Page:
While MMS is responsible for offshore activities, onshore leases are managed by the Department of the Interior’s Bureau of Land Management and the Department of Agriculture’s U.S. Forest Service. Leases involving Native American Reservation lands (these are not federal leases) are administered by the Bureau of Indian Affairs and the Bureau of Land Management.[12]

Leasing Process and Cash Flows

Prior to putting up a piece of the OCS for lease, it must be included in what is known as an approved “5-Year Program,” pursuant to the OCS Land Act of 1982.[13] Development of a five-year plan requires three separate comment periods, two draft proposals, a final proposal, and the development of an environmental impact statement (EIS). This process takes roughly two and a half years. The final proposal is then sent to Congress for approval or modification.[14]

The next step in the process involves working with private sector businesses to determine which blocks within the OCS planning area they have an interest in potentially leasing. Once determined, the public has the opportunity to comment on the proposed lease area and a final EIS is published. MMS then announces a notice of sale, collects bids, determines a winner, and issues the lease.[15]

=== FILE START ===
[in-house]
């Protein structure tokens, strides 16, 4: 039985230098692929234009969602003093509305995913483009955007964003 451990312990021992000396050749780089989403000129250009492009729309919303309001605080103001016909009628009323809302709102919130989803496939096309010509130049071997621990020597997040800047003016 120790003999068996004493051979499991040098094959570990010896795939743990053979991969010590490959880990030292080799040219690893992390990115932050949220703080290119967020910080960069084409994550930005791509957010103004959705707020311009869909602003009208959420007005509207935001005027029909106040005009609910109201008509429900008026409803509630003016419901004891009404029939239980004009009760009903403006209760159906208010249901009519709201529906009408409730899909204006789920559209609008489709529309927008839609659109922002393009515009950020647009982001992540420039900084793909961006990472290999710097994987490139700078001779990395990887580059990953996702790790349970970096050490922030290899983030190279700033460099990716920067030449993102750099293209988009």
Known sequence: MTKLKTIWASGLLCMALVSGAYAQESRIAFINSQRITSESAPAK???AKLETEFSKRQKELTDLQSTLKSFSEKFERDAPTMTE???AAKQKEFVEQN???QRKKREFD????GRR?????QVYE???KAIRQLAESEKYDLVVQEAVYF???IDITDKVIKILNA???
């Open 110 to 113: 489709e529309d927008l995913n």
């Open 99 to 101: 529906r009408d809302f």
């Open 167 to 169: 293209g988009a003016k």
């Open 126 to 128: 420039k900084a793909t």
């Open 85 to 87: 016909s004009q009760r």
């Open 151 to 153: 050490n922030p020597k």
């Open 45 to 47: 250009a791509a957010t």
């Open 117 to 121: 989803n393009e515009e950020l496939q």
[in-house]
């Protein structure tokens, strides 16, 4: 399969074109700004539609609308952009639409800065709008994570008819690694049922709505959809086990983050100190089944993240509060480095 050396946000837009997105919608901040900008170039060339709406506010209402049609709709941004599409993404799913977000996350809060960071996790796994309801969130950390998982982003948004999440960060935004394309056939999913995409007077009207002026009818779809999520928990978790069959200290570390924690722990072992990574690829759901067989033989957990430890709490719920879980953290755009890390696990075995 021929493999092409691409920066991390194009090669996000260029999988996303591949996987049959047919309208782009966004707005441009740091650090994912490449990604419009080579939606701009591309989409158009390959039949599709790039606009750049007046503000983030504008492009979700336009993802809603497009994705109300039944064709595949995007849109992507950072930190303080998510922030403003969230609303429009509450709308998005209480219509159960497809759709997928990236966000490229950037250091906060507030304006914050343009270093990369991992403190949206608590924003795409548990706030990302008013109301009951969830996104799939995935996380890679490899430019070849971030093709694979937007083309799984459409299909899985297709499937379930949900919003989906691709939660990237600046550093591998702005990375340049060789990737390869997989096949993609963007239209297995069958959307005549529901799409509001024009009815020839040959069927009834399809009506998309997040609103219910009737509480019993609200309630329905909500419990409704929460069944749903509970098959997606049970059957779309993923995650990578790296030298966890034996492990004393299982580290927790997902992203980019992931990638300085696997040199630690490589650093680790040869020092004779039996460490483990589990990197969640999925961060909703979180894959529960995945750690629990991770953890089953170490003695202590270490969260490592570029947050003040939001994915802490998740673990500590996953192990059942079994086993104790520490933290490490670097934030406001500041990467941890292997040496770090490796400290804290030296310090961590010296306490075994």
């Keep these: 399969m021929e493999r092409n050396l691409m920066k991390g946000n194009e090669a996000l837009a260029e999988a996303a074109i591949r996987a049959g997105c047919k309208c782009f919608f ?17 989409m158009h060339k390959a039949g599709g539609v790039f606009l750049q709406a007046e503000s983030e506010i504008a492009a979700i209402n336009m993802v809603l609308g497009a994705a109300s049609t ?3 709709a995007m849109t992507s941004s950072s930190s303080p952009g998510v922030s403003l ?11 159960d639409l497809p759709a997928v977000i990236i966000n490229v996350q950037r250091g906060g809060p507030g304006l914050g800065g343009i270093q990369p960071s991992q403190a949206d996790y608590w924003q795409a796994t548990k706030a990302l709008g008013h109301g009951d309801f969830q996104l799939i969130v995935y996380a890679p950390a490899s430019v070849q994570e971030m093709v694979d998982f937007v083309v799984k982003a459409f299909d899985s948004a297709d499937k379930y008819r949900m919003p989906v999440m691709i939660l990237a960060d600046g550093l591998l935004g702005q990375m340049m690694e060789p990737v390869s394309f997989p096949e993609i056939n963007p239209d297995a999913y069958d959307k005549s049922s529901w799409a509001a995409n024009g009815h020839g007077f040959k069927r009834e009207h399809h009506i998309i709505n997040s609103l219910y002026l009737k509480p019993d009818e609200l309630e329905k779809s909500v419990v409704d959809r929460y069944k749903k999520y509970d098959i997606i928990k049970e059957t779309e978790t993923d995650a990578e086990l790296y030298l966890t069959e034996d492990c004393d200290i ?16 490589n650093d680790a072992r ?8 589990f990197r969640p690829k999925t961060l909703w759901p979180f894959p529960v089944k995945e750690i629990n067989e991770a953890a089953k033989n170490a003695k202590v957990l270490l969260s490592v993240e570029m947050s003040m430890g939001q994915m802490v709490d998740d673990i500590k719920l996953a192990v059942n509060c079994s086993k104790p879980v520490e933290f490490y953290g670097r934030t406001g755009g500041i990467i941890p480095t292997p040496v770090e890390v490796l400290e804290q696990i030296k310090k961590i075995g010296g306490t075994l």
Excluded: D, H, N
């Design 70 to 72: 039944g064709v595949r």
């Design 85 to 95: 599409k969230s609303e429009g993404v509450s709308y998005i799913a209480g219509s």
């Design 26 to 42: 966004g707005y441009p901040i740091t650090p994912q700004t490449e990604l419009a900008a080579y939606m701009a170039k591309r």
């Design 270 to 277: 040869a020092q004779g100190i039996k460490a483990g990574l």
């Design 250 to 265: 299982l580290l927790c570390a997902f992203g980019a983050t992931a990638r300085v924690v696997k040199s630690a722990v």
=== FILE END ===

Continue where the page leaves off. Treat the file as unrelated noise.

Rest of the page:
The lease gives the lessee the right to explore, develop, and extract minerals from a plot of land on the OCS. Normally, this plot is nine square miles (three miles along each side). Leases run for a minimum of five years and a maximum of ten years. If oil is discovered within that period, the lease is extended for as long as production continues.[16]

Once the lease is acquired, the lessee pays what is known as a “bonus bid.” Ideally, this bid reflects the opportunity cost of exploring and producing the available resources. During the exploratory phase (prior to actual production) the lessee pays an annual rental on the land held by the lease, which reflects the holding cost of the lease. Recently a trend has developed wherein rental amounts increase year after year. This represents an effort to encourage faster exploration and development. After production has begun, the federal government receives royalty payments based on a percentage of the amount of production.[17] Until recently, producers were allowed to make this payment in product as opposed to cash.